Big Interview: Leah Brunskill, Head of Marketing, Market Financial Solutions
By David Craik
The marketing departments of our major lenders have been fundamental in the growth of specialist finance in recent years.
Witness to and active in this evolution has been Leah Brunskill, Head of Marketing at bespoke specialist lender Market Financial Solutions.
“Over the last four years all bridging lenders have upped their game on the marketing side,” Brunskill says.
“Marketing has become a bit more sophisticated across the whole industry. Lenders are adding and building marketing teams to their business as they grow.
It is a great opportunity for someone like me in the marketing profession because property finance affects everyone.
You are working on a topic of interest to everybody and have a much wider audience, impact and reach than other sectors.”
Brunskill is talking from experience. Before joining MFS in 2019 as a marketing manager, Brunskill had built her marketing career in first the education sector and then with global defence company CQC.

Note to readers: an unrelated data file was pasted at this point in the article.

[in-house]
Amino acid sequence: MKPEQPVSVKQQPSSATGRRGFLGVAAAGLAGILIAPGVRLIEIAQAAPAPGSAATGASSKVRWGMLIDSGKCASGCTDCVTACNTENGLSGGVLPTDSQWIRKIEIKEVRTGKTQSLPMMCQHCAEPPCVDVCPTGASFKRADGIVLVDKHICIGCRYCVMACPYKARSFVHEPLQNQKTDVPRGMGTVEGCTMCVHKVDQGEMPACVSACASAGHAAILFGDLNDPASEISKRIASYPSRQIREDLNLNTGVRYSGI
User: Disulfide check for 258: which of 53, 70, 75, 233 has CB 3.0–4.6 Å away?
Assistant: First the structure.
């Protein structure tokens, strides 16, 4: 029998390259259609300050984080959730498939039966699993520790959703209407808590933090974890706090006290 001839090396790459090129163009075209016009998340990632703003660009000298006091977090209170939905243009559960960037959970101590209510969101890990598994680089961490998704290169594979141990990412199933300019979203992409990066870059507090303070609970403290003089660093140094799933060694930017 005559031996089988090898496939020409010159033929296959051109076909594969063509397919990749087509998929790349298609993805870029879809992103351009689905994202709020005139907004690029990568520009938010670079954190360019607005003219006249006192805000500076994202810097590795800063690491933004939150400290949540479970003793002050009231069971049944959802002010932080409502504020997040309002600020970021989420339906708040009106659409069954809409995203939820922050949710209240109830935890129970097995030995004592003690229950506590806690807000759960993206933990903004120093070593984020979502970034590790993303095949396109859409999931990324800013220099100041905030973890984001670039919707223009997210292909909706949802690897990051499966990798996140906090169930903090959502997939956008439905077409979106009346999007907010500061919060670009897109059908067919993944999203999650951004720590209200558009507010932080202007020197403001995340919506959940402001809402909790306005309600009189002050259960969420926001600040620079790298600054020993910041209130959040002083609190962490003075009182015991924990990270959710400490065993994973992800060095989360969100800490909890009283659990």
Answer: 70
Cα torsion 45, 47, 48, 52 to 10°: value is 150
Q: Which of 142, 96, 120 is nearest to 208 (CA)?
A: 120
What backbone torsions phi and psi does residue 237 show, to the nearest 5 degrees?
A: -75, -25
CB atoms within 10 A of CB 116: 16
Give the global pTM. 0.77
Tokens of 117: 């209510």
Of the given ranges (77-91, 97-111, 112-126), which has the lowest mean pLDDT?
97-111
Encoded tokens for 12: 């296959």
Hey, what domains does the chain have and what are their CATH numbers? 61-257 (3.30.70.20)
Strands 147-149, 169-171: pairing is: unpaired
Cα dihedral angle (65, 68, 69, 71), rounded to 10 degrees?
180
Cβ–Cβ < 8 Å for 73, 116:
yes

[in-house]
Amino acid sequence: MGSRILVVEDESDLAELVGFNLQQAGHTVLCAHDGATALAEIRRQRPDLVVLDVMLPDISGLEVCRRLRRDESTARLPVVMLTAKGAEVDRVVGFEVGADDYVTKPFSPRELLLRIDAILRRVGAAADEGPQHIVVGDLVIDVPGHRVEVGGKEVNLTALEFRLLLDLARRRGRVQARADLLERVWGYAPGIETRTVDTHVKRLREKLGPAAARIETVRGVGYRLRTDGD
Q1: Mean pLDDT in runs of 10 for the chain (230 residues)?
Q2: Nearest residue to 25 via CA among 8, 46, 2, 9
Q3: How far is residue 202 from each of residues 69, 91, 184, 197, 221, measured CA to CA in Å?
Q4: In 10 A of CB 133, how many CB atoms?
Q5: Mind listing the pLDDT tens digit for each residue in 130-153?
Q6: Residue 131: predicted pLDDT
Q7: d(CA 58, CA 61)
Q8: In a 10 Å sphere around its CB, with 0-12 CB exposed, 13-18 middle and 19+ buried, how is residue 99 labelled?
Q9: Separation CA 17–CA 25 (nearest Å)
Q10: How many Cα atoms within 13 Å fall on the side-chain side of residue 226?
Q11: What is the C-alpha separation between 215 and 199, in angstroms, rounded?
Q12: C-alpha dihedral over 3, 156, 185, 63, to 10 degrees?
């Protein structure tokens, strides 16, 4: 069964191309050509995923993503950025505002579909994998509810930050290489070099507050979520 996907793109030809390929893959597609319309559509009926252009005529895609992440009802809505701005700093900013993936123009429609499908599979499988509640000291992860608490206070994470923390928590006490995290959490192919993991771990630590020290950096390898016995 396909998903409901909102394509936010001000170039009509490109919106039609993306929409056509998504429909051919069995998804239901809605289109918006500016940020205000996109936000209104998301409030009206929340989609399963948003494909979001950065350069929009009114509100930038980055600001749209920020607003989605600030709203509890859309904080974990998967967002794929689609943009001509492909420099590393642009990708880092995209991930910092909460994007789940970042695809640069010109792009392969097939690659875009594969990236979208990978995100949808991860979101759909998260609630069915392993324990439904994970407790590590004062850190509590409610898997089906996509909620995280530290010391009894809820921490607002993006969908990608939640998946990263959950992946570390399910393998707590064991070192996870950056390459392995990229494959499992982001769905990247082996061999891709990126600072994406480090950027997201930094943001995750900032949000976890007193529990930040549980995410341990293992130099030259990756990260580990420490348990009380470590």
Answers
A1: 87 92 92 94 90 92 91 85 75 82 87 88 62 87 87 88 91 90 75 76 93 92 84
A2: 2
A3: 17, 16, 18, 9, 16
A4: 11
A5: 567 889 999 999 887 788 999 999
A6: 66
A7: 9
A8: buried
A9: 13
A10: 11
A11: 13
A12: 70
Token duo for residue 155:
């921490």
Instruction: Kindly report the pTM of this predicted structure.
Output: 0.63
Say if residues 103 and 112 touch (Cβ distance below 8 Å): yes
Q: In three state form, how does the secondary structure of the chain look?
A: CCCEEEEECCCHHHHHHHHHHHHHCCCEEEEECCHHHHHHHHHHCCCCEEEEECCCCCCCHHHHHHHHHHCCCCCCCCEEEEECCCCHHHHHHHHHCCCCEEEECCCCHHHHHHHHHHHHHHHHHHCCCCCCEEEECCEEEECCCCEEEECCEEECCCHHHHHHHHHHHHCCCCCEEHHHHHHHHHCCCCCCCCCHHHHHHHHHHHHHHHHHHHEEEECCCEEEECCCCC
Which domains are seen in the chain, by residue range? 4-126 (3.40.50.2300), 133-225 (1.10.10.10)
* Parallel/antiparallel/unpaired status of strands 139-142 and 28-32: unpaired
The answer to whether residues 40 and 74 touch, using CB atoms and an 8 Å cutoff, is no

“They made products such as body armour and chemical suits for soldiers in Afghanistan,” she explains. So, it was quite the jump when I made the move to finance in 2017 at Sancus Finance where I learned about short-term and invoice financing as well as bridging.
I then moved to an IFA in Reading called Beaufort Financial before coming to MFS. I’ve found that although the audience and products change when you move sectors the marketing principles remain the same. I was able to build on what I had already done and apply that to finance.”
The MFS marketing team has grown from just three people when Brunskill joined to eight today including new roles for content writers, graphic designers and specialist digital marketing.